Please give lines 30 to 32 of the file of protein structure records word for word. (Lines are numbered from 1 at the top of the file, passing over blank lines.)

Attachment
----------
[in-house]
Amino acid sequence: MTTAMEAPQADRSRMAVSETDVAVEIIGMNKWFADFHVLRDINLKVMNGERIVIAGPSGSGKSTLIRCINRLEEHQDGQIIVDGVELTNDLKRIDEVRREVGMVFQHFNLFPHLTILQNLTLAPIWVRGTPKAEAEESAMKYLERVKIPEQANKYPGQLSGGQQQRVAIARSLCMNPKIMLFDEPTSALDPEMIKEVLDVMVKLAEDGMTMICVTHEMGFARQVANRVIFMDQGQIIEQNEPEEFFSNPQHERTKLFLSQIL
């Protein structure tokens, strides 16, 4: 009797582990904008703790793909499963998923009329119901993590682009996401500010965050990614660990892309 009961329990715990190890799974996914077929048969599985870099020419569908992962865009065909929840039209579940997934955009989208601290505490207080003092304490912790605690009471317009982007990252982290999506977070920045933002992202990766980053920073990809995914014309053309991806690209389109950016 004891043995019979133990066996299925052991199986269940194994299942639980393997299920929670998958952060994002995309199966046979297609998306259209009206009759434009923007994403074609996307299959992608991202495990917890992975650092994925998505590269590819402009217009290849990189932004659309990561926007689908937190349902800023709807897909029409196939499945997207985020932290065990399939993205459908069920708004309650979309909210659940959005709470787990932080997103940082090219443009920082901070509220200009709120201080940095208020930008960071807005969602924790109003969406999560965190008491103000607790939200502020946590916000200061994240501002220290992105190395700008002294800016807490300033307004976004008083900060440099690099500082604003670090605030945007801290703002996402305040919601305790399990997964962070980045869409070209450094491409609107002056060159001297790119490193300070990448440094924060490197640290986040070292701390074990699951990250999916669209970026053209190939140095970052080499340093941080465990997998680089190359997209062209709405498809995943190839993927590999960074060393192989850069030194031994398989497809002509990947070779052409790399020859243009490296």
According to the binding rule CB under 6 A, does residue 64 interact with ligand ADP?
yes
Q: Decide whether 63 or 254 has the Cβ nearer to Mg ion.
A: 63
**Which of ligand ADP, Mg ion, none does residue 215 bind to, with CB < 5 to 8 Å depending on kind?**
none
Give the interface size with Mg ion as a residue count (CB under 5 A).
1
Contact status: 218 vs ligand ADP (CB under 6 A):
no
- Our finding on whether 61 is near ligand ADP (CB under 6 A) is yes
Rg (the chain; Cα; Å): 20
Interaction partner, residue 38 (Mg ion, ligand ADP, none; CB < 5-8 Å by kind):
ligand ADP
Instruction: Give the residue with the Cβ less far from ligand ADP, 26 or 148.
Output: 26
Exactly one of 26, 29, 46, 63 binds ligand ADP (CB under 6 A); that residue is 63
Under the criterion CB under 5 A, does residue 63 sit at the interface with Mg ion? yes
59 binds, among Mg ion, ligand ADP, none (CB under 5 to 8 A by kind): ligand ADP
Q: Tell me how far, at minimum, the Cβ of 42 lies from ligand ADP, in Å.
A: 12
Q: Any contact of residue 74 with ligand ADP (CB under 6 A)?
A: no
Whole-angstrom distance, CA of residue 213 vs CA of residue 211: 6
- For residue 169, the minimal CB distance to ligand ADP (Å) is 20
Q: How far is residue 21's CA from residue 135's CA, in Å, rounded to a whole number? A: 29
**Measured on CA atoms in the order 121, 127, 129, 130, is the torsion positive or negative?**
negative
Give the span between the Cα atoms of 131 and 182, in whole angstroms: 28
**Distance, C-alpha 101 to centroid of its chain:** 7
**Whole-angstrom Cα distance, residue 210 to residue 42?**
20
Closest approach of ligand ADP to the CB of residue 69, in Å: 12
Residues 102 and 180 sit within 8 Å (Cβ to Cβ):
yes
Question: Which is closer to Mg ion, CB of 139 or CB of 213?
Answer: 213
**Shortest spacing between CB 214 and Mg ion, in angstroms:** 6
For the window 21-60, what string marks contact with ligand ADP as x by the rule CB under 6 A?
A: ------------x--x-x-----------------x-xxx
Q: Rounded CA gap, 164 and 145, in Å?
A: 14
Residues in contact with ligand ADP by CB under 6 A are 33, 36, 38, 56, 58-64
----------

**Measured on CA atoms in the order 121, 127, 129, 130, is the torsion positive or negative?**
negative
Give the span between the Cα atoms of 131 and 182, in whole angstroms: 28